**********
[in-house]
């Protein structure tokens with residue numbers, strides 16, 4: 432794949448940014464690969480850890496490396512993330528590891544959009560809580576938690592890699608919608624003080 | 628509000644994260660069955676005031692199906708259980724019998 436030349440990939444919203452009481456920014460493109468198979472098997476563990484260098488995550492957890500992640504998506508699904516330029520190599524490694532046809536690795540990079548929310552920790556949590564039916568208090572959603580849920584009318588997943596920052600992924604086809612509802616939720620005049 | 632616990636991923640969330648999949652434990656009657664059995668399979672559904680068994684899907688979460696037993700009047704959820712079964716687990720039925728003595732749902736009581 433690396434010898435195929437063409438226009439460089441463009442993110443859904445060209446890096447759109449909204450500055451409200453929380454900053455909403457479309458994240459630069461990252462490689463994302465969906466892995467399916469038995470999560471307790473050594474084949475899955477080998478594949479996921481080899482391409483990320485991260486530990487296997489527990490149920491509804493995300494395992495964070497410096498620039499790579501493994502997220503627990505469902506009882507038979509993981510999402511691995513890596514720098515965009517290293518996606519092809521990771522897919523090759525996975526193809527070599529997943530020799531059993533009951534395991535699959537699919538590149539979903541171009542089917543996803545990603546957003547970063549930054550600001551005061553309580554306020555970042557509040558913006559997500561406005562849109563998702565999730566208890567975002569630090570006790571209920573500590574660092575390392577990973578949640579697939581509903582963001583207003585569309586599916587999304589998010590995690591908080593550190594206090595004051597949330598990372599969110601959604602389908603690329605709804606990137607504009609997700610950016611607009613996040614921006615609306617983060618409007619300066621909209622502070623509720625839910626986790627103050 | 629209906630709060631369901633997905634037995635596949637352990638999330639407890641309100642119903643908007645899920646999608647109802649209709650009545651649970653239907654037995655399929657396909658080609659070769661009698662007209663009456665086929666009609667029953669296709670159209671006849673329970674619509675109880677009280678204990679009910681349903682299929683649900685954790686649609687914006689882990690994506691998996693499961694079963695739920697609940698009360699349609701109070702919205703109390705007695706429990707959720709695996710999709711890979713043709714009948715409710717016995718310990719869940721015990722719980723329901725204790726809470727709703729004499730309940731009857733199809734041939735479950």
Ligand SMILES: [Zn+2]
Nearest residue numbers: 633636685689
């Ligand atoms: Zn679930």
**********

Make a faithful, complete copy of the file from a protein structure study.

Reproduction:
[in-house]
């Protein structure tokens with residue numbers, strides 16, 4: 432794949448940014464690969480850890496490396512993330528590891544959009560809580576938690592890699608919608624003080 | 628509000644994260660069955676005031692199906708259980724019998 436030349440990939444919203452009481456920014460493109468198979472098997476563990484260098488995550492957890500992640504998506508699904516330029520190599524490694532046809536690795540990079548929310552920790556949590564039916568208090572959603580849920584009318588997943596920052600992924604086809612509802616939720620005049 | 632616990636991923640969330648999949652434990656009657664059995668399979672559904680068994684899907688979460696037993700009047704959820712079964716687990720039925728003595732749902736009581 433690396434010898435195929437063409438226009439460089441463009442993110443859904445060209446890096447759109449909204450500055451409200453929380454900053455909403457479309458994240459630069461990252462490689463994302465969906466892995467399916469038995470999560471307790473050594474084949475899955477080998478594949479996921481080899482391409483990320485991260486530990487296997489527990490149920491509804493995300494395992495964070497410096498620039499790579501493994502997220503627990505469902506009882507038979509993981510999402511691995513890596514720098515965009517290293518996606519092809521990771522897919523090759525996975526193809527070599529997943530020799531059993533009951534395991535699959537699919538590149539979903541171009542089917543996803545990603546957003547970063549930054550600001551005061553309580554306020555970042557509040558913006559997500561406005562849109563998702565999730566208890567975002569630090570006790571209920573500590574660092575390392577990973578949640579697939581509903582963001583207003585569309586599916587999304589998010590995690591908080593550190594206090595004051597949330598990372599969110601959604602389908603690329605709804606990137607504009609997700610950016611607009613996040614921006615609306617983060618409007619300066621909209622502070623509720625839910626986790627103050 | 629209906630709060631369901633997905634037995635596949637352990638999330639407890641309100642119903643908007645899920646999608647109802649209709650009545651649970653239907654037995655399929657396909658080609659070769661009698662007209663009456665086929666009609667029953669296709670159209671006849673329970674619509675109880677009280678204990679009910681349903682299929683649900685954790686649609687914006689882990690994506691998996693499961694079963695739920697609940698009360699349609701109070702919205703109390705007695706429990707959720709695996710999709711890979713043709714009948715409710717016995718310990719869940721015990722719980723329901725204790726809470727709703729004499730309940731009857733199809734041939735479950």
Ligand SMILES: [Zn+2]
Nearest residue numbers: 633636685689
């Ligand atoms: Zn679930």